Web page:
Bio-Coast Counties

Among the most prosperous and progressive business men of San Jose is Thomas Keys, and extensive candy manufacturer and dealer, with factory at No. 133 South First street.  Possessing great energy and ambition, he has achieved success in his chosen occupation, ad has proved himself a useful and worthy citizen.  A son of Thomas Keys, Sr.., he was born July 13, 1868, in London, Ontario, of English ancestry.

A native of England, Thomas Keys, Sr., was born ad reared near Leeds, Yorkshire.  In early manhood he emigrated to America , settling in London, Ont., where he was engaged in business as a general contractor until his death, when but forty-five years old.  He married Christine Goodacre, who was born in Leeds, England, and died in San Jose, Cal., at the home of her son, Thomas, in 1890, at the age of fifty-nine years.  Four sons and four daughters were born of their union, and of these all of the sons, and one daughter, grew to years of maturity, namely: William, who located in San Jose as a contractor and builder in 1886, went to New York on a pleasure trip in 1902 and was killed at Yonkers in a street car accident: James, a wood and coal merchant came to California in 1891, and during the gold excitement went to Dawson, Alaska, where he died in 1898:  John died in Stockton, Cal.: Martha resides in San Jose with her brother: and Thomas, the special subject of this sketch.

The youngest child of the parental household, Thomas Keys was brought up in London, Ont., where he went through the primary and grammar grades, and took the first year's course in the high school.  At the age of fourteen years he entered the establishment of the D S Perrin Company, large manufactures and wholesale dealers of confectionery, and after serving a full apprenticeship at the trade of a candy maker continued with the firm until 1889.  In that year Mr. Keys came to San Jose, intending to engage in contracting and carpentering with his brother William, but after a month's trial decided that he was not fitted for that kind of work.  May 1, 1889, therefore, he began the manufacture of confectionery on a modest scale, building a small factory near his residence, at No. 315 West San Salvador street, and for three years made candy for the retail stores only.  By that time his business had so rapidly increased that he leased a building at No. 360 South First street, enlarged it, put in furnaces, and there continued in his occupation for another three years, when, needing still more room, he transferred his factory to the corner of San Carlos and First streets, where he remained four years.  In 1900, owing to the demands of his business, Mr. Keys located at No. 133 South First Street, and has since remedied and greatly improved his factory, putting candy making and pulling machinery of the  latest approved patterns, operating them with electric power.  Mr. Keys is an expert manufacturer of confectionery, making all kinds of candy, and is carrying o a extensive and lucrative wholesale trade, shipping his manufactures as far south as Los Angeles, and throughout the San Joaquin valley and along the coast into Alameda county. In his business he has the largest capital invested of any manufacturer of the kind in the county, in addition to his manufactory having a warehouse at No. 295 West San Salvador street, and employing twelve persons to assist him.  Mr. Keys also manufactures ice cream by his power plant, having a capacity of one hundred gallons a day, and at his store operates a soda fountain.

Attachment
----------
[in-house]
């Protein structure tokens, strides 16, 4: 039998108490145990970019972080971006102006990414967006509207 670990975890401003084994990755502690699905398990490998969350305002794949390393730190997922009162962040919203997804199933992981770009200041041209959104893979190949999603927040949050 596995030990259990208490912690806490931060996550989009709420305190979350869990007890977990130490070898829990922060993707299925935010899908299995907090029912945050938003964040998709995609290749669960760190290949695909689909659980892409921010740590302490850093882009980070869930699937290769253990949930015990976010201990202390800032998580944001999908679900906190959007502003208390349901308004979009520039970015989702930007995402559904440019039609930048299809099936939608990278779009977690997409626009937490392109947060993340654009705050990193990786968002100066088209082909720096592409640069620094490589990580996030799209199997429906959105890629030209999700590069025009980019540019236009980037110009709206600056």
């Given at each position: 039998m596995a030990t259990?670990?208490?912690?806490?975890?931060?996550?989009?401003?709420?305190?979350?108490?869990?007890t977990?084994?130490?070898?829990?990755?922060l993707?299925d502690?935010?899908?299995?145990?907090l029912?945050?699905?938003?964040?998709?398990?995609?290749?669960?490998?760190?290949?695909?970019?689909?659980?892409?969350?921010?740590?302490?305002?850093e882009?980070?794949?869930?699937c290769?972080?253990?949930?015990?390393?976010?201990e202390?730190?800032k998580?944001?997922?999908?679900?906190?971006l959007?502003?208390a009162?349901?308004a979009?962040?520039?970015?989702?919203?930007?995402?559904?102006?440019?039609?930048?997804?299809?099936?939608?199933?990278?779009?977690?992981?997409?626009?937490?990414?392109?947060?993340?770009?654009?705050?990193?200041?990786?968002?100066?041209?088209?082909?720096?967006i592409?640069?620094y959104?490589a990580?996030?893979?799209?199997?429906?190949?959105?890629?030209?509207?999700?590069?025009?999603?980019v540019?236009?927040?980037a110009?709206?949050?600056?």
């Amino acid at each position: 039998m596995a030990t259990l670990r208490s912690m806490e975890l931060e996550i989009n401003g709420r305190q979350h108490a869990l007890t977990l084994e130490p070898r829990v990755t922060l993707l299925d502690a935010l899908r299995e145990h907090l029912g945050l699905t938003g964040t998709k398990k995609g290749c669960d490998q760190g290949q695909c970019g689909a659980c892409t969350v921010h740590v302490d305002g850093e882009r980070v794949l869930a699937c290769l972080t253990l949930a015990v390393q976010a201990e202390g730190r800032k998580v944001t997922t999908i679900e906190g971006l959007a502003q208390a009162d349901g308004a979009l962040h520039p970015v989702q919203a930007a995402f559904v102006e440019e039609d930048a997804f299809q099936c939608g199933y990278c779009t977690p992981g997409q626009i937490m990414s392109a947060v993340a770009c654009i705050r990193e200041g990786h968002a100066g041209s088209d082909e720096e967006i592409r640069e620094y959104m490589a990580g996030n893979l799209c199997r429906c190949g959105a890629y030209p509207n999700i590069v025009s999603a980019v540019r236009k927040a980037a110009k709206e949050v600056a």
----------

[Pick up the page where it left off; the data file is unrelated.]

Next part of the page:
In religion Mr. Keys is an Episcopalian, and is a charter member of the Y. M.C.A.  In politics he is a stanch Republican.  He belongs to the Garden City Wheelmen's organization, to the Grand Fraternity, to the Merchants' Association of San Jose, and to the Knights of Pythias.

History of the State of California of Biographical Record of Coast Counties, California- Guinn, 1904, page  1144
transcribed by cdf